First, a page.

www.neriandhu.com

Portrait: Andrew Rowat Other images: Poltrona Frau and Sulwhasoo, Pedro Pegenaute; Gandiablasco, Dirk Weiblen

For more on Neri&Hu, see our earlier post on Stellar Works

2 LOVELY GAYS

London-based interior designers Jordan Cluroe and Russell Whitehead, aka 2 Lovely Gays, are fearless with colour, adventurous with shape and partial to a bit of theatre. Cluroe made his design debut as the runner-up on BBC2's The Great Interior Design Challenge last year. Fast-forward to 2015 and the duo are busy bringing their fresh, minimal style to the masses. Here they share their tips on 'making living lovely'.

BY CLAIRE BINGHAM

Tell us about your most recent revamp.
We've been lucky to have an amazing first year, working with some fab people. Each client becomes a part of us. We recently finished a project on Cloudsley Road, Islington, which always makes us smile. The white and gold scheme was a cue from the client but we wanted to give it a fresh look with flashes of emerald and mint green. There are some stunning pieces, not least the metallic marbled wallpaper by Brooklyn-based Calico Wallpaper. It's such a glamorous backdrop.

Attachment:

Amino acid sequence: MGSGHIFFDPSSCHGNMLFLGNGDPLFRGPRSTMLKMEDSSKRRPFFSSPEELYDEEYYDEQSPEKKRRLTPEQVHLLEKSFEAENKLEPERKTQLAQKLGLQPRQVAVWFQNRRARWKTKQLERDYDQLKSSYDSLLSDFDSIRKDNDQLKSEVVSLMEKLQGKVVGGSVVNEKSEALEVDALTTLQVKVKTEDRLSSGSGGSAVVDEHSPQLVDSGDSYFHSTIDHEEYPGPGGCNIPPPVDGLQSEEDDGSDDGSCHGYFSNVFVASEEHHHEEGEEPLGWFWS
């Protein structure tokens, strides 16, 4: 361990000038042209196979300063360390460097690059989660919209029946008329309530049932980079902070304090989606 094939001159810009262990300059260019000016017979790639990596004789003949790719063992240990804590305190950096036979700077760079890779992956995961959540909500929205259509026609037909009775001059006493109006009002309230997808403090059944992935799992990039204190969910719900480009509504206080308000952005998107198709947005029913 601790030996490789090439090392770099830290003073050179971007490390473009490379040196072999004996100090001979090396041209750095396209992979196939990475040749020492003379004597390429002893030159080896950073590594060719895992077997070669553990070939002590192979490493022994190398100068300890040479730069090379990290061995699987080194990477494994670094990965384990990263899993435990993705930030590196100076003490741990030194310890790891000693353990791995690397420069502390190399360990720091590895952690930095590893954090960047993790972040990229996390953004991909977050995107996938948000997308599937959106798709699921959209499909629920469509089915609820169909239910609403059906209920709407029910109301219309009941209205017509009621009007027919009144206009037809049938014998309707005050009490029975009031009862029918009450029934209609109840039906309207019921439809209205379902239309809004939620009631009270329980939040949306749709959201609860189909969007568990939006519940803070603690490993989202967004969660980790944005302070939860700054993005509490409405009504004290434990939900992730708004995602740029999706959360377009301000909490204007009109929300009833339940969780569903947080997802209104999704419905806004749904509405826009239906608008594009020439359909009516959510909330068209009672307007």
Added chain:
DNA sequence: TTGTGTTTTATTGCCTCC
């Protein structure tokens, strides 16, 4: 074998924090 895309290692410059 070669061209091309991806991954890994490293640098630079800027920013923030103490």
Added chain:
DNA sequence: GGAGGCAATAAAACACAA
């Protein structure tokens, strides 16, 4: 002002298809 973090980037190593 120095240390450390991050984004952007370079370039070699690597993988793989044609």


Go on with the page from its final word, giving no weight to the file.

What are you working on at the moment? 
We are about to move into a new house. Our first London home in Trilby Road, Forest Hill, will always be very special. It was the first time we had undertaken such a large job for ourselves, which is very different from working with a client. It was an intense learning experience, but we loved every second, and the result was us saying, 'Bring it on!' It is the unexpected compromises that make it. The plywood made a virtue of the boxed-in steels and pipes, creating storage and shelving in every available inch. Our new home will be a progression of our style but with added theatre. We can't wait to get our teeth into it – although there are no holidays for the foreseeable future!

ABOVE: Jordan Cluroe (left) and Russell Whitehead (right) with Buckley The Wonder Dog
BELOW: White and gold brings a touch of luxe to this cool, Scandi-style scheme in Cloudesley Road, Islington, North London; Soft, muted colours and a curtained wall give this bedroom at the mews house a light and dreamy atmosphere and the sleek metallic lamp adds a dash of drama